Leroy Almendarez (2010) is of the notion that the human capital theory rests on the assumption that formal education is instrumental and necessary to improve the productive capacity of a population.

In short, human capital theorists argue that an educated population is a productive population.

Another product of education as a function of human capital is the ability to communicate effectively. Nowadays, communication is considered a necessary life skill.

3. Skillset

In addition to education, specialized skills are also a valuable form of human capital.

There are different types of skills which range from technical, analytical, decision-making and problem-solving skills.

All these, when coordinated, are essential for an organization to attain its set goals. in today’s business world, phrases like ‘skilled,’ ‘semi-skilled,’ and ‘unskilled’ are often used to describe the various levels of skillsets in any given field. For example, ‘skilled computer programmer’ or ‘unskilled general workers.’

4. Intelligence

Intelligence can be described as the measure of one’s intellectual abilities. In psychology, are three common types of intelligence namely, Intelligence quotient, emotional intelligence and social intelligence.

  • Intelligence quotient (IQ) refers to one’s ability to solve complex math problems, comprehension and memorizing things.
  • Emotional intelligence refers to the ability to interact with other human beings in a peaceful and mutually respectful manner.
  • Social intelligence quotient measures a person’s ability to create and maintain connections with other human beings in a social setup, otherwise known as “networking.” Creativity may also fall under the category of intelligence as intellectual or cognitive capital.

5. Punctuality

Time awareness, like communication, is an integral part of the production process. Time is the primary measure of progress and, ultimately, value.

One might be familiar with the common statement; “time is money.” Therefore, a punctual workforce translates to efficiency and timely achievement of set goals. this makes punctuality a critical human capital.

Criticism of Human Capital Theory

While there has been a widely accepted consensus among scholars, institutions and governments that human capital is a necessary aspect for productivity, it has not been totally immune to criticism.

For instance:

  • Questionable correlation between education and productivity: Simon Marginson (2019) argues that the Human capital theory assumes a direct, single and linear passage between education and productivity without demonstrating how exactly education augments productivity.
  • Human capital in capitalist societies is classist: There is not enough explanation for the disparity in earnings between white-collar and blue-collar workers. Generally, blue-collar workers have very high value (human capital) but relatively low wages.
  • Human value shouldn’t be distilled to their productivity: Another criticism would perhaps come from a moral point of view. According to German Philosopher, Immanuel Kant, there is need to always respect humans as autonomous beings, not objects.  For Kant, it is wrong to use human beings as ‘means to an end.’ By considering human beings as ‘capital’, organizations are, in a way, objectifying them, using them as means to achieve their goals and this can be considered morally reproachable from a Kantian perspective.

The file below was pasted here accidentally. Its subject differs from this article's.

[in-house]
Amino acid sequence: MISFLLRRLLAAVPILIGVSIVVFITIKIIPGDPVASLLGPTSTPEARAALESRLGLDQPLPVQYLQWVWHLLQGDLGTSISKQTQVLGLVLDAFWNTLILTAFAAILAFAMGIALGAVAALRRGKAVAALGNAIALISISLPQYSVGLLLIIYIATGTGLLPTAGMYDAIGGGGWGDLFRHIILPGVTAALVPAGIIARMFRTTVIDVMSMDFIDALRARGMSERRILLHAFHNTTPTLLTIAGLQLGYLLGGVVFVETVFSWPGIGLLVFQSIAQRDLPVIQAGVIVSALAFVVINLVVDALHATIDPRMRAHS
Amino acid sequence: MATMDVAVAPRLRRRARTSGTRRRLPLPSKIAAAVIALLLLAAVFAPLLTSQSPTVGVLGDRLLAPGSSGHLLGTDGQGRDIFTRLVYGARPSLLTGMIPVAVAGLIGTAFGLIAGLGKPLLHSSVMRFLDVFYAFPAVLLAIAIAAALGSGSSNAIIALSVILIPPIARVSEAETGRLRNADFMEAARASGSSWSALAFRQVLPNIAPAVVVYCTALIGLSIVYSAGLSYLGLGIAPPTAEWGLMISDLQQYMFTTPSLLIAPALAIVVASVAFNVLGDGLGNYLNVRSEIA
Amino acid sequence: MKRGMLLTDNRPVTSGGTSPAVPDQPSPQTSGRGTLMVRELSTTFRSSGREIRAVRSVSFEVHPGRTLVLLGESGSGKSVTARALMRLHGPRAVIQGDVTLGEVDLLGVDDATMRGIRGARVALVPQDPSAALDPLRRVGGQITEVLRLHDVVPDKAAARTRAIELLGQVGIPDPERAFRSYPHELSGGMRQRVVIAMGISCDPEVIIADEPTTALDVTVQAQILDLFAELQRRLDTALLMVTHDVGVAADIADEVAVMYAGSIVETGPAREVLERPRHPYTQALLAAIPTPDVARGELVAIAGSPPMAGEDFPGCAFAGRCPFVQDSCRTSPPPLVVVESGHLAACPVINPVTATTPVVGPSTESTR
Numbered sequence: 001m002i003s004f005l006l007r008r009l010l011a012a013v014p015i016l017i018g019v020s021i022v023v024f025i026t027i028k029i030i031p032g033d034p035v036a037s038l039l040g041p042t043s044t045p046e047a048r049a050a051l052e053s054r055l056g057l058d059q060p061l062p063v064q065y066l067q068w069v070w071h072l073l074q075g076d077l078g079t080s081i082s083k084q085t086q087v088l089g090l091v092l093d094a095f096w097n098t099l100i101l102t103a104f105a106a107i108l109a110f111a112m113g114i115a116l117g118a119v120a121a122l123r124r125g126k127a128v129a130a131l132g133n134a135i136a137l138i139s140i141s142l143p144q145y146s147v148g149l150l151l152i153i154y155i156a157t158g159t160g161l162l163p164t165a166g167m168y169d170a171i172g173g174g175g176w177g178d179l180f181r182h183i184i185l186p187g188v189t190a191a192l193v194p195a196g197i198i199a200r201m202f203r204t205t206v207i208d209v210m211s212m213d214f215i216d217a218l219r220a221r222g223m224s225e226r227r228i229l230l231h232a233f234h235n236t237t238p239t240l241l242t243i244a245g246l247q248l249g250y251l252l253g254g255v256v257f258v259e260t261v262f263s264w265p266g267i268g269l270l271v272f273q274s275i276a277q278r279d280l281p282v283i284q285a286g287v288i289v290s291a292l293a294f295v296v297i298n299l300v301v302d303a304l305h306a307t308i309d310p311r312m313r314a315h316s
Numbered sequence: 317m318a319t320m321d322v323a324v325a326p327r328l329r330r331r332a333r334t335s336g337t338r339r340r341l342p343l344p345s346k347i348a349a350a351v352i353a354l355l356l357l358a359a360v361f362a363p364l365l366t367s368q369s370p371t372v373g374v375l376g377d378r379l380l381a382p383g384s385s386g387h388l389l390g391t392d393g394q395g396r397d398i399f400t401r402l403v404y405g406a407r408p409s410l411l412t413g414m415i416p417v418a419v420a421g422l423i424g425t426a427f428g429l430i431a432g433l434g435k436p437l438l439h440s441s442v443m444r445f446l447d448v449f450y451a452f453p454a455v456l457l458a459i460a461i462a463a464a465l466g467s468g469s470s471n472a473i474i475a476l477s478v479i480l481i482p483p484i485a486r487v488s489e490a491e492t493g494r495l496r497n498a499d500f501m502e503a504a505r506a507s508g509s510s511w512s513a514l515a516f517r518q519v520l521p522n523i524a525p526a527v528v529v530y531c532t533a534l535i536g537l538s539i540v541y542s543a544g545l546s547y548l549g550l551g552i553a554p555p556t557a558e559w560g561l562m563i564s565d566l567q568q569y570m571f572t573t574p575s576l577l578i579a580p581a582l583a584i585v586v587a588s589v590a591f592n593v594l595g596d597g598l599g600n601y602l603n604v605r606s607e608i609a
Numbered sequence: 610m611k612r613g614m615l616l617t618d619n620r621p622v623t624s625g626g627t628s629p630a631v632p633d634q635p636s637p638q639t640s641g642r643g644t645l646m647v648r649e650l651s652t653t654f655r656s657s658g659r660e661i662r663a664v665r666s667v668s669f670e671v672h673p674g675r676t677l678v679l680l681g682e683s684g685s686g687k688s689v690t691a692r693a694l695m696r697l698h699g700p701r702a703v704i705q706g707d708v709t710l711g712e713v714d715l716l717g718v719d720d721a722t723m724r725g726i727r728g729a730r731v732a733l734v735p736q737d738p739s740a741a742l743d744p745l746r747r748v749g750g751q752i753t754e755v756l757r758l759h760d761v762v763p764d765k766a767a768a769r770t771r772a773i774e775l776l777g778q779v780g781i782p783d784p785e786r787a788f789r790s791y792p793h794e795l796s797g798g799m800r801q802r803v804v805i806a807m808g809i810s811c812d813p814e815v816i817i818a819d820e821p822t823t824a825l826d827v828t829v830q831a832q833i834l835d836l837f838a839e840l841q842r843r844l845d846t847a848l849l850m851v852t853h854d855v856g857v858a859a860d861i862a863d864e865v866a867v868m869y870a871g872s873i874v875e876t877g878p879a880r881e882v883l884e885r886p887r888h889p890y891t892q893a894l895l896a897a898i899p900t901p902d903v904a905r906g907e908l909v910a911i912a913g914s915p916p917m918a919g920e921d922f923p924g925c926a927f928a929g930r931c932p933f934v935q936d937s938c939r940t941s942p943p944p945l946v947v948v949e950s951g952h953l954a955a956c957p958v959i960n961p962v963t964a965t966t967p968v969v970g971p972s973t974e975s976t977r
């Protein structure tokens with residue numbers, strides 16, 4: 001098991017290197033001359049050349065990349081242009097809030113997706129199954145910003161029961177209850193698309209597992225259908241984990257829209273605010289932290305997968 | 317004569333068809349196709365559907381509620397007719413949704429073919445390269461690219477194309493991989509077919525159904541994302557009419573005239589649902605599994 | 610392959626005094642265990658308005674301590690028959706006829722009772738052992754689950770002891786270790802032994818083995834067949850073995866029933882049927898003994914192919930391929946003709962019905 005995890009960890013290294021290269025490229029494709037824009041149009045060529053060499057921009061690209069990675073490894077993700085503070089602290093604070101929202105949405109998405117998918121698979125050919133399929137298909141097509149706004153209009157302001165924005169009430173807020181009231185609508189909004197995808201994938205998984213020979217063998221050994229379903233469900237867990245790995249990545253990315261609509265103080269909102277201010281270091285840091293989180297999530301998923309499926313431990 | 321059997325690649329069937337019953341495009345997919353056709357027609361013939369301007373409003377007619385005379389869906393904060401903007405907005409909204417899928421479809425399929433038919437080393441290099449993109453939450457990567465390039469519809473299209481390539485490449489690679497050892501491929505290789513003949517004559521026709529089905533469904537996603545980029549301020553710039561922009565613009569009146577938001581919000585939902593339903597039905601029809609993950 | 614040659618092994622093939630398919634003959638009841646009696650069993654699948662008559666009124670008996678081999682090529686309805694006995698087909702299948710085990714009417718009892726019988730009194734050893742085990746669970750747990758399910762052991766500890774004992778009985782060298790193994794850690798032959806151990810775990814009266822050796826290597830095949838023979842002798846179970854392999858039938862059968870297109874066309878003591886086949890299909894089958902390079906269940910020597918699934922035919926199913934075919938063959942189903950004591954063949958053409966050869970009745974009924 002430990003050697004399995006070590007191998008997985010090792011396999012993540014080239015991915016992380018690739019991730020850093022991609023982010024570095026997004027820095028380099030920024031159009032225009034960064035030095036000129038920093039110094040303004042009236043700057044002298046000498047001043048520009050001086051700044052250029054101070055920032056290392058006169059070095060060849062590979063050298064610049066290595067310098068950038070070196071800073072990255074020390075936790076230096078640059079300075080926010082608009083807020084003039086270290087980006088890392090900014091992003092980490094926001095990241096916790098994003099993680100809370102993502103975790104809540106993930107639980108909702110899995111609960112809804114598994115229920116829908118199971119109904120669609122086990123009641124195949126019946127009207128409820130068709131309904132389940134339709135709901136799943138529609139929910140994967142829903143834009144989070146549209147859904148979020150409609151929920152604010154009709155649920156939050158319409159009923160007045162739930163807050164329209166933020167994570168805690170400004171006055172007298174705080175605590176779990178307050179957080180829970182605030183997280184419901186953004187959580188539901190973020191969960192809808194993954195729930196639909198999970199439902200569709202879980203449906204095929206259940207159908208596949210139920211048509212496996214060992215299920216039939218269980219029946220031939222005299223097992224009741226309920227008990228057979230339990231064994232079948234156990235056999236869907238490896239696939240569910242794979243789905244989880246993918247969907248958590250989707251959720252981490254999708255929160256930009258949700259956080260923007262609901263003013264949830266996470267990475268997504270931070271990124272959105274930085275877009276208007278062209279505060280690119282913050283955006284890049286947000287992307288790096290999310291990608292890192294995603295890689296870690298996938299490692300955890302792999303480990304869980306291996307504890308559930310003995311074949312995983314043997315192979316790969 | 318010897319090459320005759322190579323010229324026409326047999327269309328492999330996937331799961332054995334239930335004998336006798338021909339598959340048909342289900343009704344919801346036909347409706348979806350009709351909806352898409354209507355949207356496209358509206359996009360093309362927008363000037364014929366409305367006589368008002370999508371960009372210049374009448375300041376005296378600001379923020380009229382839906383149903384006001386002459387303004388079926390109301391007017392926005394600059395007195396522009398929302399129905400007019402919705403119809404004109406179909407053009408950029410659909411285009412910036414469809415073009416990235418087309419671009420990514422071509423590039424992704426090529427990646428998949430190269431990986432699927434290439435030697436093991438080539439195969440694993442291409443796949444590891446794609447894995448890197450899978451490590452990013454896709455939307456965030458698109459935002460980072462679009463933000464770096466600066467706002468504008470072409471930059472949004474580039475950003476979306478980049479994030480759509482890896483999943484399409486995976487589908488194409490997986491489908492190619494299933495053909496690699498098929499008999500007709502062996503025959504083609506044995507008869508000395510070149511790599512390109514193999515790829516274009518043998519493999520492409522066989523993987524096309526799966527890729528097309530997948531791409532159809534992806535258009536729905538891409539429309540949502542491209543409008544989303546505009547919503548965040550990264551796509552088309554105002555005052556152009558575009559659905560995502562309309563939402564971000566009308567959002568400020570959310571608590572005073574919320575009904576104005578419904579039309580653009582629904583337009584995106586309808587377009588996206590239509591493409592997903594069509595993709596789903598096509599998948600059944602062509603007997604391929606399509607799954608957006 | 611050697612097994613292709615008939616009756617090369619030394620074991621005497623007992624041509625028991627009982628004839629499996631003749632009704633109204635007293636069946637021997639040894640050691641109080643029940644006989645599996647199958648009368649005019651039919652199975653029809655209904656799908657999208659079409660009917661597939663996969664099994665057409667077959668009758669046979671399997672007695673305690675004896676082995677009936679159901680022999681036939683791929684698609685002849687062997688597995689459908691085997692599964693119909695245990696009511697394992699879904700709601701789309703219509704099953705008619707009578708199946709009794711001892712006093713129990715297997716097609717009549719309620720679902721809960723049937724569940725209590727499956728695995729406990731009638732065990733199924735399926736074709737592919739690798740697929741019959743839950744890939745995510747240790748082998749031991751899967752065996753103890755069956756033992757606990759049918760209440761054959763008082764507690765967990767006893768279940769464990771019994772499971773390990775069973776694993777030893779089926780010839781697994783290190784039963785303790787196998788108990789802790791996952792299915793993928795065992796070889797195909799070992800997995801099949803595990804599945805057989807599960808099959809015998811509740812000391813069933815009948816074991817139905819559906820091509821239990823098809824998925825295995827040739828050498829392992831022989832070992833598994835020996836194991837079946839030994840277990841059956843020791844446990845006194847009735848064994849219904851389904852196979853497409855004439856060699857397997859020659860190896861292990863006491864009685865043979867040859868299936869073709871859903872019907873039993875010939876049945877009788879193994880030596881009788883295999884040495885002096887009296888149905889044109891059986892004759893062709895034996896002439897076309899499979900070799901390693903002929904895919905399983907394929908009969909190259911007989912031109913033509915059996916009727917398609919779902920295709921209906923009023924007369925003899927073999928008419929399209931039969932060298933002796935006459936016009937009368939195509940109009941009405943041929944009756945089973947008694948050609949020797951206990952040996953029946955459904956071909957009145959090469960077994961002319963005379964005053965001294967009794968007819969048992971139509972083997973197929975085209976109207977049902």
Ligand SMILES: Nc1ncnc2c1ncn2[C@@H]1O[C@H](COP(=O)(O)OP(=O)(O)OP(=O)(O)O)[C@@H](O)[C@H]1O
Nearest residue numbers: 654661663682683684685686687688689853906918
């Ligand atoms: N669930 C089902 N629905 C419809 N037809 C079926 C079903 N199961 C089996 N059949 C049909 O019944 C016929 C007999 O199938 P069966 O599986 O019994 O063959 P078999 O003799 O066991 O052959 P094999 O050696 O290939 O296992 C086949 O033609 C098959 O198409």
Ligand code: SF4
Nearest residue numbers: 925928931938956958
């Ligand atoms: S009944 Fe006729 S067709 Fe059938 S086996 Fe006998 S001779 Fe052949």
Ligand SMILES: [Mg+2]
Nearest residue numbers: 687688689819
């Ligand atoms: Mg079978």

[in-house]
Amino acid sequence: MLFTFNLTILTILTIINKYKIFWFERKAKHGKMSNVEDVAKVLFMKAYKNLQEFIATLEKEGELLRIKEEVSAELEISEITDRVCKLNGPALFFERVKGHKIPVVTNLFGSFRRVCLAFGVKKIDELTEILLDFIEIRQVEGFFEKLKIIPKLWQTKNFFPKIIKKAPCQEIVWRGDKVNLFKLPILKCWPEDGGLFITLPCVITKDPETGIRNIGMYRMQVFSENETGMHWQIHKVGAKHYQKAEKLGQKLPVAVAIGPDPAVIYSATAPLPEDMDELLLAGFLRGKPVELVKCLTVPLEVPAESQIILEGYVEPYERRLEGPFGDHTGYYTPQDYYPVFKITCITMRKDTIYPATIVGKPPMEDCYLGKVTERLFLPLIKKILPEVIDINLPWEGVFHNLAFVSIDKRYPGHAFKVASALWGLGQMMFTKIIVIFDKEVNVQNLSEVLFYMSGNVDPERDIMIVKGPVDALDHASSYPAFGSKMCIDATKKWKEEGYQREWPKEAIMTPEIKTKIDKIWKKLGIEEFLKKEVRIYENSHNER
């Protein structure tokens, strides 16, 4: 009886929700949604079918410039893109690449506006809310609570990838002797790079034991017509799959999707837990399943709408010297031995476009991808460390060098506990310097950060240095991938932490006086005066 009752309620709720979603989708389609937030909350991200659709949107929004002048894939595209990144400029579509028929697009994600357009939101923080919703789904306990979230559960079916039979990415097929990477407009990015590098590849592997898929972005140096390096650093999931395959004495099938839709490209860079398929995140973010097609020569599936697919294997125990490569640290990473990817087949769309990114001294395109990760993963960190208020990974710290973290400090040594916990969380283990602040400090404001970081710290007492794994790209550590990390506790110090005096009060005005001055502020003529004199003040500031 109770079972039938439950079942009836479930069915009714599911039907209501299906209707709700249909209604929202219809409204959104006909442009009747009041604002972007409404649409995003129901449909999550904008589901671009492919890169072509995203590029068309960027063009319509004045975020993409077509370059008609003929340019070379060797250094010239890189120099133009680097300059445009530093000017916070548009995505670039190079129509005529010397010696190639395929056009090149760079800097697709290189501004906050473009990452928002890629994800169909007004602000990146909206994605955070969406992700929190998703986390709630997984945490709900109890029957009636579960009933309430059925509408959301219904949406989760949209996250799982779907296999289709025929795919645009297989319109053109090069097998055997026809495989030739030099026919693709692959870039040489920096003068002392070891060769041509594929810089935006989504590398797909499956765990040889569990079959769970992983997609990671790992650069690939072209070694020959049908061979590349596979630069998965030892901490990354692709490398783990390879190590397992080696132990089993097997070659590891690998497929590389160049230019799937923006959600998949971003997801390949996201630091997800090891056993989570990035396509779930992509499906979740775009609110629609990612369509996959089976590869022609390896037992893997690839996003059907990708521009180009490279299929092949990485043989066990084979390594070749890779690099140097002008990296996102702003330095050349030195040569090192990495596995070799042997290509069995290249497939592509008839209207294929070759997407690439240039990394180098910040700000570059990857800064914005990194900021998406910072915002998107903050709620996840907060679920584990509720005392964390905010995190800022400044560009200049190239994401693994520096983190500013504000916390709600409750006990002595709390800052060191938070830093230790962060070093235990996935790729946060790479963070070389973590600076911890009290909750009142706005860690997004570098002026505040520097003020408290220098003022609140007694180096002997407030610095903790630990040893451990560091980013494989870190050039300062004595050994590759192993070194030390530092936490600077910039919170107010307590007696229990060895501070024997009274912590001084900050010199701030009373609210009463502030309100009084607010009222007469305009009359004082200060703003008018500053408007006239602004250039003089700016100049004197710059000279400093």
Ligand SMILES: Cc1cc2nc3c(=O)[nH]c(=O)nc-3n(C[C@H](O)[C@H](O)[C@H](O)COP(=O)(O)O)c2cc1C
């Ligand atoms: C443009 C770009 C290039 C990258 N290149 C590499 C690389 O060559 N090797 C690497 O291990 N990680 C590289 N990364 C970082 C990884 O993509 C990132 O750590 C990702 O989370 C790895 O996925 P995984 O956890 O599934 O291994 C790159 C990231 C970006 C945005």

However, in spite of these criticisms, human capital is still considered a useful asset in influencing productivity and human progress across different sectors.

This is why communities and governments are still heavily investing in education, health and  development of diverse skills in their societies.

Other Forms of Capital in Sociology


Education and health tend to be the most prominent forms of human capital investment. In many organizations, human capital is considered an asset as it contains value that can be positively tapped to influence productivity.

In capitalist thought, this productivity transmutes into better and healthier standards of living.


Almendarez, L. (2010). Human Capital Theory: Implications for Educational Development. Paper presented at the Second conference of Belize Country Conference November, 2010. University of West Indies, Kingston, Jamaica.

Bleakley H. (2010). Health, Human Capital, and Development. Annual review of economics, 2, 283–310. https://doi.org/10.1146/annurev.economics.102308.124436

Goldin, C. (2016). Human Capital. In C. Diebolt & M. Haupert (eds.), Handbook of Cliometrics. Berlin: Springer-Verlag. doi: https://doi.org/10.1007/978-3-642-40406-1_23

Maringe, F. (n.d.). Human capital theory. Human Capital Theory – an overview | ScienceDirect Topics. Retrieved October 24, 2022, from https://www.sciencedirect.com/topics/social-sciences/human-capital-theory 

Marginson, S. (2019). Limitations of human capital theory. Studies in Higher Education. 44(2): 287-301 doi: https://eric.ed.gov/?id=EJ1203231 


Archebold T Marufu (MA, Philosophy)

Archie Marufu has an MA in Philosophy where he completed a thesis in Public health ethics. He has a strong research proficiency in sociology, philosophy, business ethics, and environmental ethics.

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This article was peer-reviewed and edited by Chris Drew (PhD). The review process on Helpful Professor involves having a PhD level expert fact check, edit, and contribute to articles. Reviewers ensure all content reflects expert academic consensus and is backed up with reference to academic studies. Dr. Drew has published over 20 academic articles in scholarly journals. He is the former editor of the Journal of Learning Development in Higher Education and holds a PhD in Education from ACU.